Typically, mobile DRAM takes a backseat to traditional DRAM chips, but several factors are buoying its price in the fourth quarter. One of the largest is Micron’s decision to hike prices by more than 20% for many of its leading memory products. Samsung’s recent move to slash production in response to an industry-wide supply glut is also driving memory chip prices upward.  

Meanwhile, the fall/winter peak season for new mobile devices tends to foster a favorable end of the year for memory chip makers. While this is a factor in the Q4 price rise, it isn’t the only one. Growth in the Chinese smartphone market—sparked by Huawei’s new Mate 60 series—is causing device makers to increase their production targets as consumer demand rises. Notably, the Mate 60 Pro features a 7nm 5G chip, making it the first such Chinese-made device to hit the market since global trade restrictions aimed to cut the country off from advanced chips and chipmaking equipment were implemented.  

The wider chip industry is also prepared for a positive fourth quarter on the back of increasing electronics sales and IC sales. Notably, this is expected to drive year-over-year growth for key chip markets in Q4 following a stretch of declines over the previous five quarters.  

Looking ahead, experts don’t expect the memory chip market’s resurgence in the fourth quarter to fizzle out in the new year. The first frame of 2024 promises to be another strong period of growth. Though TrendForce reports, expectations should be tempered since external factors like the Lunar New Year and off-season production lulls will likely slow the rise of prices.  

Even so, experts believe demand will continue into the new year and that suppliers will maintain their conservative production strategies. Both will influence prices to stay high into Q1 2024 as the memory market continues its impressive recovery.

Xiaomi First to Smartphone Generative AI Features with Qualcomm’s Latest Snapdragon Chip

There was a time when foldable displays and 5G were expected to be turning points for smartphones. In a sense they were, but those technologies are already on the edge of becoming outdated thanks to the arrival of artificial intelligence (AI).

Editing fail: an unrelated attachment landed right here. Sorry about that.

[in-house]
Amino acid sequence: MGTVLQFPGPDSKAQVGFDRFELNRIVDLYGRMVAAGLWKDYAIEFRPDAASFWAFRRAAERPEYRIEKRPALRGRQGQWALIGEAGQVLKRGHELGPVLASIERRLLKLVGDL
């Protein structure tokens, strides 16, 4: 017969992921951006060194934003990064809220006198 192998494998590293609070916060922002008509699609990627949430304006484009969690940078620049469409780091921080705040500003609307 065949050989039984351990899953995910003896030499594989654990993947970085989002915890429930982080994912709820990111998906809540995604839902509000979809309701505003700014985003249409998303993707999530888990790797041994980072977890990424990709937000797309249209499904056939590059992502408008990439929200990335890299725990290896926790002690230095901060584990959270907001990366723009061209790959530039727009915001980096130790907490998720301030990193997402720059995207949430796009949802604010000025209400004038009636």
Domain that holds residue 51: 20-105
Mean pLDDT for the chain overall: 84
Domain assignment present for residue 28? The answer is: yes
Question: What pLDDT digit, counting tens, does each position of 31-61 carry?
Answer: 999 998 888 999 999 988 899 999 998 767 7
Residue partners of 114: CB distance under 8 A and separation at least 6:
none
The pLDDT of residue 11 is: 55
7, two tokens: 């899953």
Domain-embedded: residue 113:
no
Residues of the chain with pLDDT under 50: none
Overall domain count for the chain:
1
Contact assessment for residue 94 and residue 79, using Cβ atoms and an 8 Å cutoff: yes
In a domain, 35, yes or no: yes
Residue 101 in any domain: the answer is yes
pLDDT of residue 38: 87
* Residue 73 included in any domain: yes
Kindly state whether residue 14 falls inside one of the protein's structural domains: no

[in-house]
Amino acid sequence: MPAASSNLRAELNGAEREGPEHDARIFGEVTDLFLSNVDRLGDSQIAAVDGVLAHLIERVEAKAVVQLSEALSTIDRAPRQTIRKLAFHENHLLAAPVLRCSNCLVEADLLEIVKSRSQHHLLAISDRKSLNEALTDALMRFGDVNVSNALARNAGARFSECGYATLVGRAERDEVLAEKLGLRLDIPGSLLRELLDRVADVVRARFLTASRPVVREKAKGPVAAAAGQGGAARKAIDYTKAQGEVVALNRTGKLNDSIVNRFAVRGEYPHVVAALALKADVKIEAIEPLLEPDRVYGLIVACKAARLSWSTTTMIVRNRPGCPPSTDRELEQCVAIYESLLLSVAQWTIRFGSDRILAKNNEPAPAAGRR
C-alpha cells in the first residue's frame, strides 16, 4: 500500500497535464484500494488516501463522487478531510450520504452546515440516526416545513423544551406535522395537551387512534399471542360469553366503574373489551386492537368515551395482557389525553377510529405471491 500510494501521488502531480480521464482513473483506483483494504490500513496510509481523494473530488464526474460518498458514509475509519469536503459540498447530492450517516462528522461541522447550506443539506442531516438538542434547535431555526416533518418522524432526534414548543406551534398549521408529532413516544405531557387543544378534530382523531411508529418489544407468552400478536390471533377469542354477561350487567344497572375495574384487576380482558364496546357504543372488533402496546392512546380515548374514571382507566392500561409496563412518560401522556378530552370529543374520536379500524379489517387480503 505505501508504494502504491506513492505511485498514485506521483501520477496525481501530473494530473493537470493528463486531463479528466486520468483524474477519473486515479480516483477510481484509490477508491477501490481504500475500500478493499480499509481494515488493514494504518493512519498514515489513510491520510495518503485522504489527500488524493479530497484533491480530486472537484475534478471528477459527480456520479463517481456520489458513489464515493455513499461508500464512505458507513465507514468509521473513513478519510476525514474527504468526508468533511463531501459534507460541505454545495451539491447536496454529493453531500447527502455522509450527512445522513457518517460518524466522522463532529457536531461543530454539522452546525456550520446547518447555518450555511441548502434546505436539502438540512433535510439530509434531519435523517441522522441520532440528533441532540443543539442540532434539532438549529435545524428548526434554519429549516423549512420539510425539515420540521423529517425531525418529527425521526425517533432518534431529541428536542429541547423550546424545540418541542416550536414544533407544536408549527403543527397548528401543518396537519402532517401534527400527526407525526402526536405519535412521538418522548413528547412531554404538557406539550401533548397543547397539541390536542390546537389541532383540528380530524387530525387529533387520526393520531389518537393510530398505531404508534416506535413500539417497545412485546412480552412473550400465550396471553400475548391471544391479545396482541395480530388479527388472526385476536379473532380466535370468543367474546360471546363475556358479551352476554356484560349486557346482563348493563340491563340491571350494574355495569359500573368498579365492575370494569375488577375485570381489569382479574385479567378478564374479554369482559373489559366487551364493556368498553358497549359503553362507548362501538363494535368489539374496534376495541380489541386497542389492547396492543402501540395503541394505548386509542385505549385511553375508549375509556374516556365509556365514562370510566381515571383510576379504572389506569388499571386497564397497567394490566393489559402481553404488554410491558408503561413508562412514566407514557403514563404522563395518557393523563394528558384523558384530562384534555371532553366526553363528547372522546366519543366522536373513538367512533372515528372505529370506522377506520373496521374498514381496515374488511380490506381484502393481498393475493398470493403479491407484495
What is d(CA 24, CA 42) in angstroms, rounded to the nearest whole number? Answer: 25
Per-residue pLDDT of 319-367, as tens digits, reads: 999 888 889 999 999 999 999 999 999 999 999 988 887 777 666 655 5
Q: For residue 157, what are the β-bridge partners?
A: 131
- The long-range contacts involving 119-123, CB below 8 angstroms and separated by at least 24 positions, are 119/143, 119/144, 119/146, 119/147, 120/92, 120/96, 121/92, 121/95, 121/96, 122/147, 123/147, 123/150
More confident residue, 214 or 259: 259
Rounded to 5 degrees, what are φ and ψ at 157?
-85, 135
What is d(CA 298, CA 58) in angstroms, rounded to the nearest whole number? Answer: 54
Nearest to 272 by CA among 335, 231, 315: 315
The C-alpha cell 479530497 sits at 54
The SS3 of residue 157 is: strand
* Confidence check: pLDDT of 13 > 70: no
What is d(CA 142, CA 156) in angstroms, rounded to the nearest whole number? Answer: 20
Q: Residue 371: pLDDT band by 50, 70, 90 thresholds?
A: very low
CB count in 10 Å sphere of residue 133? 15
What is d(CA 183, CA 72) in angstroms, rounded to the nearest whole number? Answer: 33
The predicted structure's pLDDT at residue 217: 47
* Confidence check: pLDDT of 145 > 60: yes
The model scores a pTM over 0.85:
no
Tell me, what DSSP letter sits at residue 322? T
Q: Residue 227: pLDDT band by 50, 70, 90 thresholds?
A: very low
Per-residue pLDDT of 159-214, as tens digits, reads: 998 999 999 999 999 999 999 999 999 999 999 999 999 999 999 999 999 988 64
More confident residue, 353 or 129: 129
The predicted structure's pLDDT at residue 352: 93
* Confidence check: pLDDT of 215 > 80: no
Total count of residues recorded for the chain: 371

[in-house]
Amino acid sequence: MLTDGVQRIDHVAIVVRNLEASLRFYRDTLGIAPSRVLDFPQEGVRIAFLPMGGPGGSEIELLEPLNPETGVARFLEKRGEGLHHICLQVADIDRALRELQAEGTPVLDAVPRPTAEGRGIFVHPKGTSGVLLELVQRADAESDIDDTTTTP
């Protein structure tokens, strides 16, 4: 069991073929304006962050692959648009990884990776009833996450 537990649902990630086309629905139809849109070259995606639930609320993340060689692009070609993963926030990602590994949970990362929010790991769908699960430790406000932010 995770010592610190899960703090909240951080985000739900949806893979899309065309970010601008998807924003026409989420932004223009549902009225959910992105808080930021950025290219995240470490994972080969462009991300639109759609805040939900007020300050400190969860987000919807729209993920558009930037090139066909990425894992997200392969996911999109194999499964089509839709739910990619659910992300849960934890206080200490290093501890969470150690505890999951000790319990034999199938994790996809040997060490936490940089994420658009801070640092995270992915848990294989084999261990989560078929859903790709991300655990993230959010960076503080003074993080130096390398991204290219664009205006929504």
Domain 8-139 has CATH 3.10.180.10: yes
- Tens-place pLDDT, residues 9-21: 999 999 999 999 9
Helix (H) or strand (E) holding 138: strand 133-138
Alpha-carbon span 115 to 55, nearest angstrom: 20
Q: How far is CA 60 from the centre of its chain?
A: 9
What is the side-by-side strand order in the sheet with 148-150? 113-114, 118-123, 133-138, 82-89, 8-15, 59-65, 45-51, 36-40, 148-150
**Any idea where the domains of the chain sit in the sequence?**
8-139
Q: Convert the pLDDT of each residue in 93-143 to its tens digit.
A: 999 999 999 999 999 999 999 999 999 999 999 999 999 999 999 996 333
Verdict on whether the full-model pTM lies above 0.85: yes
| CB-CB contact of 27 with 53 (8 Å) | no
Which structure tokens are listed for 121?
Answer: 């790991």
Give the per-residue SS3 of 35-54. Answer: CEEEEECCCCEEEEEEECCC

Qualcomm’s Snapdragon 8 Gen 3 mobile chipset launched in late October boasting on-device generative AI, which dramatically speeds up processing-intensive activities usually done on the cloud. Xiaomi simultaneously announced new flagship phones using the edge AI Qualcomm mobile platform.

Generative AI has boomed this year thanks in large part to the rise of ChatGPT. Its uncanny ability to create shockingly passable content in response to simple user prompts sets it apart from other forms of AI that require an expert-level understanding to use productively. Tech luminaries like Bill Gates and Sundar Pichai have said they think generative AI on smartphones could be as big as the dawn of the internet and smartphone technology itself.

Xiaomi founder and president Lu Weibing was the sole smartphone manufacturer to speak at the 2023 Qualcomm Snapdragon Technology Summit, where he showcased the Xiaomi 14 series.  

"Xiaomi and Qualcomm have a long-term partnership, and Xiaomi 14 demonstrates our deep collaboration with Qualcomm. This is one of the first times a new platform and device launch together," Lu said.

The Xiaomi 14 and 14 Pro, presently exclusive to China pending a global launch, have AI capabilities ranging from those considered fairly basic, like summarizing webpages and generating videoconferencing transcripts, to ambitious features such as inserting the user into worldwide location and event scenes.

Qualcomm claims in its press release that Snapdragon 8 Gen 3 ushers in a new era of generative AI, “making the impossible possible.” The platform’s large language models (LLM) can run up to 20 tokens/sec—one of the fastest benchmarks in the smartphone industry—and generate images in a fraction of a second.

"AI is the future of the smartphone experience," said Alex Katouzian, senior vice president and general manager of Qualcomm's mobile, computing, and XR division.

Xiaomi has been working on AI since 2016 and maintains a dedicated AI team of over 3,000 people. Between that team and more than 110 million active users worldwide, Xiaomi’s digital assistant Xiao AI, which got upgraded with generative AI capabilities in August 2023, has the potential to continue evolving rapidly.

The digital assistant recognizes songs and objects, prevents harassing calls, suggests travel routes, and provides medication reminders. It can also control household appliances when integrated into Xiaomi’s line of smart home devices.

Xiaomi is the world's leading consumer IoT platform company and quietly the world’s third-largest smartphone manufacturer. The company connects 654 million smart devices and commands an impressive 14% global smartphone market share. Of course, its smartphone rivals in China have also been busy in the AI arena. Huawei, Oppo, and Vivo recently announced major upgrade plans for their own digital assistants.

The recently launched Google Pixel 8 also focused on AI with the company boasting its algorithms’ ability to pick out the best facial expressions in batches of group photos and easily paste them into a different image. That allows, for example, for a photograph to feature eight happy, smiling people when only four were actually smiling when the shutter snapped. Magic Compose, another feature that Google announced at its May 2023 developer conference, uses generative AI to suggest responses to text messages or rewrite responses in a different tone.  

According to a recent report from Bloomberg, Apple is said to be developing a number of new AI features for the iPhone and other iOS products. Scheduled for release in 2024, iOS 18 is expected to include AI upgrades to Siri, Apple’s messaging app, Apple Music, Pages, Keynote, and more.